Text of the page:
Yet are they outposts of the trekking future.
Into the thatch-hung consciousness of hamlets
They blaze new thoughts, new habits. Traditions
Are being trod down like flowers dropped by children.
Already that farm-boy striding and throwing seed
In the shoulder-hinged half-circle Millet knew,
Looks grey with antiquity as his dead forbears,
A half familiar figure out of the Georgics,
Unheeded by these new-world, rational towers.


Date: 1933

By: Stanley Snaith (1903-1976)

Sunday, 15 January 2023

The New Beginning by Herbert Edward Palmer

They had fought the last desperate battle.
They had deluged the earth with their rage
And the crimson flood mounted to Heaven,
And drew up each soul from its grave.

And sent them foeman with foeman
To shatter the quiet of the skies.
And lo! they commingled together
With the hope of God in their eyes.

And in faith they went peacefully singing,
And waking dead stars to new birth,
Till Earth knew Heaven as her lover,
And Heaven leaned down gracious to Earth,

And tendered her blossoms of healing,
And rained on her kindness of tears,
And gave back in trust to her lover
The bloom of the sacrificed years.

From: Palmer, Herbert E., Two Fishers and Other Poems, 1918, Elkin Mathews: London, pp. 18-19.

Date: 1918

By: Herbert Edward Palmer (1880-1961)

Monday, 9 January 2023

Across the Way by Rogan Wolf

Welcome, wanderer,

I have seen you
across the way
and salute you.

to place myself
in someone else’s hands

to place myself
in hands trained
to relieve me

hands to retrieve me
myself at sea.
I am sending

an SOS signal
from the eye
of my tempest

pausing here
across the way.

Welcome, wanderer,

From across the way
I salute you.


Date: 1997

By: Rogan Wolf (19??- )

Sunday, 8 January 2023

“Fear is The Gateway to Love” (Martin Buber) by Lazarus Aaronson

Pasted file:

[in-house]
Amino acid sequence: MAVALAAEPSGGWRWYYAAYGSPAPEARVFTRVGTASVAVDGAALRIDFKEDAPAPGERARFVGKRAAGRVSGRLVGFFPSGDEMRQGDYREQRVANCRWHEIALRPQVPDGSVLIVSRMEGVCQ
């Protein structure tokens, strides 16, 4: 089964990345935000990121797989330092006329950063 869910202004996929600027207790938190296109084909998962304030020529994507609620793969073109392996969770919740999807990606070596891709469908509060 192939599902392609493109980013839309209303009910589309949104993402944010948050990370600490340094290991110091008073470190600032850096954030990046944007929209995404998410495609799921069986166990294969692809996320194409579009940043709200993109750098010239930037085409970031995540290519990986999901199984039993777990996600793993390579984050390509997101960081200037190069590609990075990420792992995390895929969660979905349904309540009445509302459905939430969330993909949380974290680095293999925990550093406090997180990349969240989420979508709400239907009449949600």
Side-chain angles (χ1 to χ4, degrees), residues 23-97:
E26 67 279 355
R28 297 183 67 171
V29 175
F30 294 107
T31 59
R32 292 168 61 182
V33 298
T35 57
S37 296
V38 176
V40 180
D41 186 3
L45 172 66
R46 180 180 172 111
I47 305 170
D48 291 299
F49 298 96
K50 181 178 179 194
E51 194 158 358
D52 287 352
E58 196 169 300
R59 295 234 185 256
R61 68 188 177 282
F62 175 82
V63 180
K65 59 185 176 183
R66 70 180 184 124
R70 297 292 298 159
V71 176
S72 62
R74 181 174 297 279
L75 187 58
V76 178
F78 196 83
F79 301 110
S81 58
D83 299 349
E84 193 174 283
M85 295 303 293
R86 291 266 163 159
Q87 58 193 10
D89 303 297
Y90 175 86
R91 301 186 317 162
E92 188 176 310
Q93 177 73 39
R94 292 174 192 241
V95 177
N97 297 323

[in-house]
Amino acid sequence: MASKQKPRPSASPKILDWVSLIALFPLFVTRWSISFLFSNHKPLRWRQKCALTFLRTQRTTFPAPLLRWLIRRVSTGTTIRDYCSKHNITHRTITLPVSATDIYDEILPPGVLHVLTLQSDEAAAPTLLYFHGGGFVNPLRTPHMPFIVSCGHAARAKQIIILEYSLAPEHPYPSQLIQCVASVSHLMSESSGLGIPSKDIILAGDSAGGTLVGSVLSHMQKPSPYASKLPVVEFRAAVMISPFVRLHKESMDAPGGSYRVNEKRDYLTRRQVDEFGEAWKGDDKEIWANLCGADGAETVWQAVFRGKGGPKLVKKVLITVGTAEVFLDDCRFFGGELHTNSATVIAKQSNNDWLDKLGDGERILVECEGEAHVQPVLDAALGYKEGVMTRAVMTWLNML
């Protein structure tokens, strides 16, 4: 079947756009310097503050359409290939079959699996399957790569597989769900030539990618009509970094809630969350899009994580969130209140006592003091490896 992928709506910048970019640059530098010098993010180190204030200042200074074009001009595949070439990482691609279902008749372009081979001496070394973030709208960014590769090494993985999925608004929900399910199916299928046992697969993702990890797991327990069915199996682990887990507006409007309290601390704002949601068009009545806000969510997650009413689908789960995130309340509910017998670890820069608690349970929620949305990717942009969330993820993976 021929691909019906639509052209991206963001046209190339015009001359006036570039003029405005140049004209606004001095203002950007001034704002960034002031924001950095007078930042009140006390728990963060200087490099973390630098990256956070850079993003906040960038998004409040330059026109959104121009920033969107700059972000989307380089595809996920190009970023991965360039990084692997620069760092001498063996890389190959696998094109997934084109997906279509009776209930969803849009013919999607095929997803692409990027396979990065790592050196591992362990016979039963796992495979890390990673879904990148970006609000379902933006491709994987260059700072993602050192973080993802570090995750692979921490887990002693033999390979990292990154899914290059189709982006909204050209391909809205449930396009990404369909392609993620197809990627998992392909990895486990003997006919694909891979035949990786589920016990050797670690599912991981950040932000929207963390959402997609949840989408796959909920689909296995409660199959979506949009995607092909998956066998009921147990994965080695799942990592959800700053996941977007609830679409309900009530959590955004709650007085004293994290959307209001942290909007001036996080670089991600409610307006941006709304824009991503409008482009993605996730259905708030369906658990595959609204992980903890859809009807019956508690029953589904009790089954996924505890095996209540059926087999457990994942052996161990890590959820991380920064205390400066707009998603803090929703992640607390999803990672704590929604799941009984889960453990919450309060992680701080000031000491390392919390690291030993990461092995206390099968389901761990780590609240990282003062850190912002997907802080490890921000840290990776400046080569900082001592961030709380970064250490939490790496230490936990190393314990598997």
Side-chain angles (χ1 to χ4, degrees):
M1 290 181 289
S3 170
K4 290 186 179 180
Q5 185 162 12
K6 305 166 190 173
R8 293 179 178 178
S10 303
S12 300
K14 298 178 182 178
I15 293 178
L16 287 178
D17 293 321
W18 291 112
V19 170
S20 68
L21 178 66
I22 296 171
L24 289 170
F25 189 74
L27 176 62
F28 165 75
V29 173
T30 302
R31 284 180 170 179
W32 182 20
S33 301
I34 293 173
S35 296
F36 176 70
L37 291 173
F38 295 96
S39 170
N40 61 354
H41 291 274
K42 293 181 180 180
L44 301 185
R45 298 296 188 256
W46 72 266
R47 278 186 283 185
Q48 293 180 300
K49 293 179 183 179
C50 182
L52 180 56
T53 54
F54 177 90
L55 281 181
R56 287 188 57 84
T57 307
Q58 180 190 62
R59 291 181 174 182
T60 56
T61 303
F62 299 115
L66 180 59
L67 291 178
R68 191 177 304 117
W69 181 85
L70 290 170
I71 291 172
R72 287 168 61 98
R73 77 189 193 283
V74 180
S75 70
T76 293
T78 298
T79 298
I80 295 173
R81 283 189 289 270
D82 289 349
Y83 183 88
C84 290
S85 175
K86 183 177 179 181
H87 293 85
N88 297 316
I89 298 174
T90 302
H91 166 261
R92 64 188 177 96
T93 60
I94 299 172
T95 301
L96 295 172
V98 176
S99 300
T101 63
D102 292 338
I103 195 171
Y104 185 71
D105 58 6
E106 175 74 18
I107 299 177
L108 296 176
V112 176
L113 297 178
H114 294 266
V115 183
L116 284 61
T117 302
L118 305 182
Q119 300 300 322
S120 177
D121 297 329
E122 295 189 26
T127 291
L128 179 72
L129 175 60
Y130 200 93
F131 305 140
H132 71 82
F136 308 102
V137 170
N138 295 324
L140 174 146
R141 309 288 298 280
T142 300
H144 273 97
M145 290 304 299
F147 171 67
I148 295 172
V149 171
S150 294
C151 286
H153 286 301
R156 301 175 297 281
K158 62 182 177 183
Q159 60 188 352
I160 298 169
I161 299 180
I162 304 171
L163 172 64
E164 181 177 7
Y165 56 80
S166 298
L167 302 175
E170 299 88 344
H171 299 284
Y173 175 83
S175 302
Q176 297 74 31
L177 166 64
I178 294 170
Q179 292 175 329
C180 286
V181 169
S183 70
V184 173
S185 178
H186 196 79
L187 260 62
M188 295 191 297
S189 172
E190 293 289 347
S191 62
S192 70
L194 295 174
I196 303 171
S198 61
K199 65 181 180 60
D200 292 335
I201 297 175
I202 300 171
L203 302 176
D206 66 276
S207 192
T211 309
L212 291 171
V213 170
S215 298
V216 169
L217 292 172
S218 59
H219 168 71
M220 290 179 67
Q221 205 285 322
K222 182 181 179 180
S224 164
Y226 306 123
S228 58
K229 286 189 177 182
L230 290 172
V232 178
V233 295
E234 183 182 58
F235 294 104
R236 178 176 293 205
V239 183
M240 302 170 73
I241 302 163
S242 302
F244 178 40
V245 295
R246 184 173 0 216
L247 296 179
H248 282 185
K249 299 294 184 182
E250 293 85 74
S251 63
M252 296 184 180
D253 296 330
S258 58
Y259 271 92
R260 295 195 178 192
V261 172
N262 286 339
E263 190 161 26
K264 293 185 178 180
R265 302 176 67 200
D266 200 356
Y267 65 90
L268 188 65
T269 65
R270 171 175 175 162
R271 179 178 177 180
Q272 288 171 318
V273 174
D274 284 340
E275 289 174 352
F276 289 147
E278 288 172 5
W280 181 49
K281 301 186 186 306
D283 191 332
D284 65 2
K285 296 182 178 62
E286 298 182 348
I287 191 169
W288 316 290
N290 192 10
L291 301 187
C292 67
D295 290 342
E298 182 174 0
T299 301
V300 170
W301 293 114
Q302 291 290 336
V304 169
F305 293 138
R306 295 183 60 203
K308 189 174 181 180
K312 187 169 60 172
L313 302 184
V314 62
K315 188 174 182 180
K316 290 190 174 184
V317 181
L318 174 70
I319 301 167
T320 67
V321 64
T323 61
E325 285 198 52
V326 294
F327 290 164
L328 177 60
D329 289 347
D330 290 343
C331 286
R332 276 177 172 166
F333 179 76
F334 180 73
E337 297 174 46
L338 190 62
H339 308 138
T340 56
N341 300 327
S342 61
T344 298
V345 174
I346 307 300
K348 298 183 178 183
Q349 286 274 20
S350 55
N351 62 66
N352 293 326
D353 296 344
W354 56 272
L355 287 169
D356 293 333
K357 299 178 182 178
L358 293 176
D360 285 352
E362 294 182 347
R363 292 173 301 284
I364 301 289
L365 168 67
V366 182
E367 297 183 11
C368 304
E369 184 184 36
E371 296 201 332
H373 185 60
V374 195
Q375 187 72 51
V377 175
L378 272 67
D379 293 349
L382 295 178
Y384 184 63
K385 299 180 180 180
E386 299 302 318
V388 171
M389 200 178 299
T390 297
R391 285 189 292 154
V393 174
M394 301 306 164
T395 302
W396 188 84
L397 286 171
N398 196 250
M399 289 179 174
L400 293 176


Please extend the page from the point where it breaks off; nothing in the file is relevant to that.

To be afraid is to begin
To say I know and be aware.
To be aware lets man’s death in.
To let death in is to know the meaning of sin.

To know sin’s meaning is to be
Aware of good; to be aware
Of good is to begin to be
Somewhere aware of God’s own will to be free.

To be aware of freedom is
To wish that all mankind may share,
Each in himself in perfect bliss
And all in love, for love means all of this.

From: Aaronson, Lazarus, “Two Unpublished Poems” in Jewish Quarterly, Volume 15, 1967, Issue 1-2, p. 13.

Date: 1967 (published)

By: Lazarus Aaronson (1894-1966)

Sunday, 1 January 2023

New Year’s Litany by Ronald McCuaig

Dear Reader, may the New Year be
A better one for You and Me,
For none deserves it more than We.

And let us not by name condemn
Tom, Dick or Harry, Jim or Clem,
But hope it won’t be good for Them.

For They drove cars, and They lived high,
And filled themselves with pork and pie.
While We were standing hungry by.

They toiled not, neither did They spin.
But gathered the same income in
As We, work-worn to bone and skin.

Their jig is up. Their ship’s a wreck,
And in the New Year, We expeck
That They will get it in the neck.

But let us pray to Fortune, thus:
“Please, this time, be fastidious —
Distinguish between Them and Us!”

And, Reader, may the New Year be
A better one for You and Me,
For none deserves it more than We.

From: Swilliam, “New Year’s Litany” in The Bulletin, Volume 72, Number 3750 (26 December 1951), p. 12.

Date: 1951

By: Ronald McCuaig (1908-1993)